2 Democrat parties

David Brooks:

Fifty-five years ago, 80 percent of American television viewers, young and old, tuned in to see Milton Berle on Tuesday nights. Tens of millions, rich and poor, worked together at Elks Lodges and Rotary Clubs. Millions more, rural and urban, read general-interest magazines like Look and Life. In those days, the owner of the local bank lived in the same town as the grocery clerk, and their boys might play on the same basketball team. Only 7 percent of adult Americans had a college degree.

But that’s all changed. In the decades since, some social divides, mostly involving ethnicity, have narrowed. But others, mostly involving education, have widened. Today there is a mass educated class. The college educated and non-college educated are likely to live in different towns. They have radically different divorce rates and starkly different ways of raising their children. The non-college educated not only earn less, they smoke more, grow more obese and die sooner.

Retailers, home builders and TV executives identify and reinforce these lifestyle clusters. There are more niche offerings and fewer common experiences.

The ensuing segmentation has reshaped politics. We’re used to the ideological divide between Red and Blue America. This year’s election has revealed a deep cultural gap within the Democratic Party, separating what Stuart Rothenberg calls the two Democratic parties.

In state after state (Wisconsin being the outlier), Barack Obama has won densely populated, well-educated areas. Hillary Clinton has won less-populated, less-educated areas. For example, Obama has won roughly 70 percent of the most-educated counties in the primary states. Clinton has won 90 percent of the least-educated counties. In state after state, Obama has won a few urban and inner-ring suburban counties. Clinton has won nearly everywhere else.

This social divide has overshadowed regional differences. Sixty-year-old, working-class Catholics vote the same, whether they live in Fresno, Scranton, Nashua or Orlando.

The divide has even overshadowed campaigning. Surely the most interesting feature of the Democratic race is how unimportant political events are. The candidates can spend tens of millions of dollars on advertising, but they are not able to sway their opponent’s voters to their side. They can win a stunning victory, but the momentum doesn’t carry over from state to state. They can make horrific gaffes, deliver brilliant speeches, turn in good or bad debate performances, but these things do not alter the race.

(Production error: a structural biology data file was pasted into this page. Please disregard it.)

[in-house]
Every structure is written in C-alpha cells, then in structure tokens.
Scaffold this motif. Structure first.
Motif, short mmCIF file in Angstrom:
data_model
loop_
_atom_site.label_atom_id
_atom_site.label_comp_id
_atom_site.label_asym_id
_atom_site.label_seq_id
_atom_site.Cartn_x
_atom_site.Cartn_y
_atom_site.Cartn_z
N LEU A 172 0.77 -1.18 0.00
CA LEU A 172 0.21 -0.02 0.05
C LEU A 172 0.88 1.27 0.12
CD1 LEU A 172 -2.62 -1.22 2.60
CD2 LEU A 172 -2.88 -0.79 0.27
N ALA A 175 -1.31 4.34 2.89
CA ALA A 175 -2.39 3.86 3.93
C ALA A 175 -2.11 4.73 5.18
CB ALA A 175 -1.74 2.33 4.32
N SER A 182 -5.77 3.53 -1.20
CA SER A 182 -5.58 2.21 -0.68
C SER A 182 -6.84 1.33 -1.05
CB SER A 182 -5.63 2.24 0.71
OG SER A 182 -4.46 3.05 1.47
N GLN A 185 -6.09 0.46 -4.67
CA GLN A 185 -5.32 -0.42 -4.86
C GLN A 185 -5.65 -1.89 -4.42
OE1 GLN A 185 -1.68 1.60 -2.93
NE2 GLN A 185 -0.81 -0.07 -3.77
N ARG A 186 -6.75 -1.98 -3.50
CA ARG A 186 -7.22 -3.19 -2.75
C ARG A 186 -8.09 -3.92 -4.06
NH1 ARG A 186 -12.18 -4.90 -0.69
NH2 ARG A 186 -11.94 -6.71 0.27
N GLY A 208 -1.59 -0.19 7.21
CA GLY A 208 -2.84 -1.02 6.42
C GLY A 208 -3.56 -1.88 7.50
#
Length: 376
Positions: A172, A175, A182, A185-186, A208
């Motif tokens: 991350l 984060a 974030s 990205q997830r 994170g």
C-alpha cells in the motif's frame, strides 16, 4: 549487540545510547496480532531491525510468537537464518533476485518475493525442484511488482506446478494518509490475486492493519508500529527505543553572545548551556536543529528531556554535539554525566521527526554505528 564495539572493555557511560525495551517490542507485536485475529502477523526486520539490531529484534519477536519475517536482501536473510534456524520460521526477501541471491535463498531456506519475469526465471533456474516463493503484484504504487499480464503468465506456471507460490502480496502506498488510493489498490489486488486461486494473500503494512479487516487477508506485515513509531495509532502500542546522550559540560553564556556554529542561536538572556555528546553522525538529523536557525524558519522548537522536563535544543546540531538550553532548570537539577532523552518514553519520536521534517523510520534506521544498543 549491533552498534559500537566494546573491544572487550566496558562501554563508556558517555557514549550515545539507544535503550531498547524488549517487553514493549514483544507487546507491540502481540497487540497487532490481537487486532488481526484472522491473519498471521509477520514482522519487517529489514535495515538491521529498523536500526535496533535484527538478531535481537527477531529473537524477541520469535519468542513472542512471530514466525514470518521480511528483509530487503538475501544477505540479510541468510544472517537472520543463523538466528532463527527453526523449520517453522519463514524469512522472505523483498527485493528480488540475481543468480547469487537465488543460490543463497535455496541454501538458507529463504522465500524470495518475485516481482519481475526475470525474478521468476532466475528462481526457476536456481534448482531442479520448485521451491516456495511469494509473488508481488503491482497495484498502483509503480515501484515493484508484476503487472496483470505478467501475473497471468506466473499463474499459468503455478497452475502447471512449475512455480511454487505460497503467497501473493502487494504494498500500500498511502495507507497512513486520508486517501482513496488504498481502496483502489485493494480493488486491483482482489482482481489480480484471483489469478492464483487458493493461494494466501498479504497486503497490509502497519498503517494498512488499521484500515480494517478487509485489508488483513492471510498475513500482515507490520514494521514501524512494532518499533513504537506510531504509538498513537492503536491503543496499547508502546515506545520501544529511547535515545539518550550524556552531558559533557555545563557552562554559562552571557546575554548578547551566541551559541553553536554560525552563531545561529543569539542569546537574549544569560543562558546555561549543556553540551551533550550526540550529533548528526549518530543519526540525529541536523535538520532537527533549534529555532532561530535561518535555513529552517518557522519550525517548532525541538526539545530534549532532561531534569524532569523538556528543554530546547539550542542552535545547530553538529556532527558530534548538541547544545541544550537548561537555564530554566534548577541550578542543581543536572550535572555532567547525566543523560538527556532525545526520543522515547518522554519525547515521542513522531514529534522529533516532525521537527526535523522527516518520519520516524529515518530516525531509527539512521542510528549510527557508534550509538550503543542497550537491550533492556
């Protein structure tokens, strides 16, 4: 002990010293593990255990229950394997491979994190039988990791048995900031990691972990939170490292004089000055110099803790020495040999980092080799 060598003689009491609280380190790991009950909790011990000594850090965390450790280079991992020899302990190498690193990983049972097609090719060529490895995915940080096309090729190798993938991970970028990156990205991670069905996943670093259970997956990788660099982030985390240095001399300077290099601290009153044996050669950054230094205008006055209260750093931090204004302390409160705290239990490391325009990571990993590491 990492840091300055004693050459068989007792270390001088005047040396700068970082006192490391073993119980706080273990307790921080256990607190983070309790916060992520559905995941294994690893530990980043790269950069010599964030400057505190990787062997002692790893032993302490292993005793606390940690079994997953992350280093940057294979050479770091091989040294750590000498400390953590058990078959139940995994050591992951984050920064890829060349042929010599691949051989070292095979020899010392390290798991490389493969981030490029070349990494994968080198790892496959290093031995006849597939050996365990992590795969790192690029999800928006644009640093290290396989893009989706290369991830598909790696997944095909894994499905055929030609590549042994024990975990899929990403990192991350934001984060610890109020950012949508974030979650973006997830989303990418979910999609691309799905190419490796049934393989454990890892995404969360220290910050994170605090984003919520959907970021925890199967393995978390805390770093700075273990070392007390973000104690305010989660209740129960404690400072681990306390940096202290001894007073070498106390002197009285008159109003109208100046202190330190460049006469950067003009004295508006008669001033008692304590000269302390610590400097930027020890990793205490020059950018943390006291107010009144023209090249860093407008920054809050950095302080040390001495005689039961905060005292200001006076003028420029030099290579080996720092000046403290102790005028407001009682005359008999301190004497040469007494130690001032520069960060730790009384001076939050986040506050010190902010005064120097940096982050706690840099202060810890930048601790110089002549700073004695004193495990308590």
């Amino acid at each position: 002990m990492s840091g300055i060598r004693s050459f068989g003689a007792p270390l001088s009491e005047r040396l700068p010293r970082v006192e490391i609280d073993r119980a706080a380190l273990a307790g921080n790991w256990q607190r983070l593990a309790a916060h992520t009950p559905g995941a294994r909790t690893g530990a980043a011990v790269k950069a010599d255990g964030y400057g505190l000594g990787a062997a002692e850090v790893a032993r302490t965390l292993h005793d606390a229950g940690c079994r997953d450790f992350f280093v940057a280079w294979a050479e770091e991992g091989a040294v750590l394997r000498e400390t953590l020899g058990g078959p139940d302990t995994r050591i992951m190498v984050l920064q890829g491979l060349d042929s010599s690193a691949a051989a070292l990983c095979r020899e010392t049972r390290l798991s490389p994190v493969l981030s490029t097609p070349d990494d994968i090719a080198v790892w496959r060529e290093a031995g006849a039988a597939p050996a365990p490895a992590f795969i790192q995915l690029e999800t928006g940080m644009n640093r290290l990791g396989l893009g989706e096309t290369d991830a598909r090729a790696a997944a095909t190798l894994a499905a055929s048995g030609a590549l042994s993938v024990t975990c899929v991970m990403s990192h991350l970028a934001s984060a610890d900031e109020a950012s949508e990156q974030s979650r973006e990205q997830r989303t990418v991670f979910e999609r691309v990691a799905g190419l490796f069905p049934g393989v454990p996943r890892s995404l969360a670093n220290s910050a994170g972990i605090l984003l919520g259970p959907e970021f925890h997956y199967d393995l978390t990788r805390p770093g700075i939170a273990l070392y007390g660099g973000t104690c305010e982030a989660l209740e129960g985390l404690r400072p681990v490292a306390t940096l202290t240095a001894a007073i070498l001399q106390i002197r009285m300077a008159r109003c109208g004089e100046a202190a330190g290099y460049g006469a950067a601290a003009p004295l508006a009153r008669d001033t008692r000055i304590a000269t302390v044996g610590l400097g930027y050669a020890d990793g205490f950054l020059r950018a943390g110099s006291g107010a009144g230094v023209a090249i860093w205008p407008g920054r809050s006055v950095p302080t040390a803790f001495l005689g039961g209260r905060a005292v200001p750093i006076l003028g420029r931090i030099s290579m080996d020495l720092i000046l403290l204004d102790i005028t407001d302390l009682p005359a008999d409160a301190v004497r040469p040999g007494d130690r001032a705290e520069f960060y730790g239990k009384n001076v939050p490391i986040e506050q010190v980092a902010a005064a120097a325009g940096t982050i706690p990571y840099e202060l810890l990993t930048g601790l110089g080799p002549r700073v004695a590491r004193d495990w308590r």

My dad was the first person in his family to graduate from high school where he finished second in his class. He went on to work his way through college during the depression graduating with honors. He was a Democrat back then and thought highly of Roosevelt. My moms family were all Republicans, before that was cool in Alabama. I think Truman was probably the last Democrat Dad voted for. I remember when Kennedy was elected, he said "This country survived Truman and I guess we will survive Kennedy."

My mom's oldest brother had a sixth grade education, but made a fortune in real estate, motels and the construction business and ran for the state Senate as a Republican back in the 70s. Fortunately for him, he lost that race, but he managed to get some influence in the state capitol. Most of my cousins have college degrees and some have graduate degrees. I don't think any are Democrats.

In Texas there are few of those blue collar Democrats. Beaumont may have the only grouping of white blue collar Democrats left in the state. Austin has the Obama Democrats. The rest of the Democrats in the state fall into ethnic categories. Black Democrats in Texas have about the same percentage of Democrats as they seem to have elsewhere in the country. Hispanics are largely Democrat, but not as much so as blacks. Several blacks and Hispanics have been elected as Republicans in Texas.

What is interesting about the Democrat race is how many from the two wings of the party will not vote for the other candidate if they are nominated. I suspect the divide is over values as much as demographics.


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